The founding editor of Mint, is currently a managing editor of The Washington Post. At The Post, he is responsible for online/mobile content and strategy; its multi-platform editing operations, photo, design, graphics and video staff, as well as social, engagement and interactivity teams. Narisetti’s direct staff at The Post have won three Pulitzer Prizes in the last two years. Earlier, he spent 13 years at The Wall Street Journal, where he was the Editor of The Wall Street Journal Europe and Deputy Managing Editor of the US Wall Street Journal. He is on the board of the World Editors Forum and is a Young Global Leader of the World Economic Forum.
"You have to do well in order to do good" is an often repeated phrase at The Washington Post but it has never been more relevant to our newsroom or the US media industry than it is in 2011.
After the financial abyss and near-death spiral of 2009, most major US news brands showed in 2010 that they could rebound from one of the worst economic downturns newspapers have faced in recent memory. But that was 2010. Here we are, in the first half of 2011, facing yet another tough financial year and nowhere close to answering the existential question that has dogged all of us for a while now: Whither the future of the news business?
Note, I am saying the future of the news business, not the future of news. Because, despite all the gloom and doom surrounding media, particularly print media, there has never been a better time to be a journalist for The Post. And more people are reading Post journalism now than they have ever before, more than in the heydays of Watergate or since. Indeed, in 2010, 29.3 million readers read some 270 million pages of Post journalism each month, a record for The Washington Post. Of that, 28.1 million did so online and, while we brought in 4.2 million new readers on average each month compared to the previous year, we also lost some 35,000 print subscribers in 2010 alone.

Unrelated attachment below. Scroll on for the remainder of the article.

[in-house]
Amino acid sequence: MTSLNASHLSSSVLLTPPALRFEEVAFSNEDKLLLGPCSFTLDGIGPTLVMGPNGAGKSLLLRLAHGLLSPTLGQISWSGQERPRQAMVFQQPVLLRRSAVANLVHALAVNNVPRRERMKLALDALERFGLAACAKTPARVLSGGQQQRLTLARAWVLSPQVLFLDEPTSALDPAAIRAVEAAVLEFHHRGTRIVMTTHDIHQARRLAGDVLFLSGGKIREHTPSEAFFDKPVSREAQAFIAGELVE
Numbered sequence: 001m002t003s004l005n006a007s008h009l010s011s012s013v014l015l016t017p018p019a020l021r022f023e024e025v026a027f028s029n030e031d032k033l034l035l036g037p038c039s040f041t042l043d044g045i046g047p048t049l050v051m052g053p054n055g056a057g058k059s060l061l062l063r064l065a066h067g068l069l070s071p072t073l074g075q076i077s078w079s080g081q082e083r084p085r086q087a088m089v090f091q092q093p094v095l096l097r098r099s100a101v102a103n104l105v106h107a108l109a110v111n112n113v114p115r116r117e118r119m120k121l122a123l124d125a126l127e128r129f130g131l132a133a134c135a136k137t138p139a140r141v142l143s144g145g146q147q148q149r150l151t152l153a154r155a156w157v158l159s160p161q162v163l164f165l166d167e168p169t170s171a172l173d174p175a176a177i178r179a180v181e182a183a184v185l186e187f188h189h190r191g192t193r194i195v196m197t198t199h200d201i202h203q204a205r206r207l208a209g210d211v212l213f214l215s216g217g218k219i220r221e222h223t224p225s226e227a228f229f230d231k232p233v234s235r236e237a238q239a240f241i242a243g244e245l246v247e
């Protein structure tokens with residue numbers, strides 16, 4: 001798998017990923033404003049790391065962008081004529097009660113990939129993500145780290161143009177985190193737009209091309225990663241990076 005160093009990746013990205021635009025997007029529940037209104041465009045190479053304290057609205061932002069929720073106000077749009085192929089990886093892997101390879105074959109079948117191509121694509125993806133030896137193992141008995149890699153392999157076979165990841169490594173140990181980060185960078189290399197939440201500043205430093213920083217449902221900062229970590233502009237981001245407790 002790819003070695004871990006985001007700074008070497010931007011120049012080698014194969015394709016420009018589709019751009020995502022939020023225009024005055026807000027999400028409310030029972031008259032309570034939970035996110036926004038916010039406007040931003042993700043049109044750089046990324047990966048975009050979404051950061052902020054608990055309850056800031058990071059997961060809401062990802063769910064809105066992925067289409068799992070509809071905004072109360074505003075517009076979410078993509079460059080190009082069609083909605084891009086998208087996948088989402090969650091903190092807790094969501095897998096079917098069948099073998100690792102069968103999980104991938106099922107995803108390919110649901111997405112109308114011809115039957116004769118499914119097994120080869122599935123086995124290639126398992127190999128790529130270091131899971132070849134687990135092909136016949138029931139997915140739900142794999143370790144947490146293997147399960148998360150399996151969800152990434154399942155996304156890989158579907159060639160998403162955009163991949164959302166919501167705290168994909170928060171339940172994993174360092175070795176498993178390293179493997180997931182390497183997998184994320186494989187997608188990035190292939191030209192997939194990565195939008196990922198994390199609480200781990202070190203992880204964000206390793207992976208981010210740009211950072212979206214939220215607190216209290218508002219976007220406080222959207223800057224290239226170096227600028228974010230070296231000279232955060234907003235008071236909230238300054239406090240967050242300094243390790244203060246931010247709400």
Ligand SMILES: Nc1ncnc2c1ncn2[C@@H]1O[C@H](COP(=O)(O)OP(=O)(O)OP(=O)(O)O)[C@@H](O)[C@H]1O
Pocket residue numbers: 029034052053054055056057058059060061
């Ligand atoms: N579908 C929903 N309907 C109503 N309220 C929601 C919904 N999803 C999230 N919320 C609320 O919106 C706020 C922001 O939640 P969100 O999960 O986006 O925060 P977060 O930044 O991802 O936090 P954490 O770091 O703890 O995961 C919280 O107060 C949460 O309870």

So, what’s the big deal you might ask?
Well, for starters, all 35,000 of the now former print subscribers paid us nearly $275 a year to consume The Washington Post. Our online readers pay zero. The print subscribers we lose are typically loyal readers who spent 40-plus minutes with The Post each day and have done so for years. The majority of online readers — both new and old — are promiscuous, read tiny morsels in under five minutes per visit and think the same Post content that others pay for in print is not worth paying for online.
Meanwhile, The Post, like a few large US newspapers, generates millions in online revenue from advertising. But we also generate tens of millions more from print advertising and circulation. The much anticipated intersection of rising digital revenues and falling print revenues has already turned into a mirage, leaving most of us with a cost structure way out of sync with today’s business reality. What is left is a relentless pressure to cut back on the single most expensive cost centre at media companies: The content creation engine, a.k.a., our newsroom.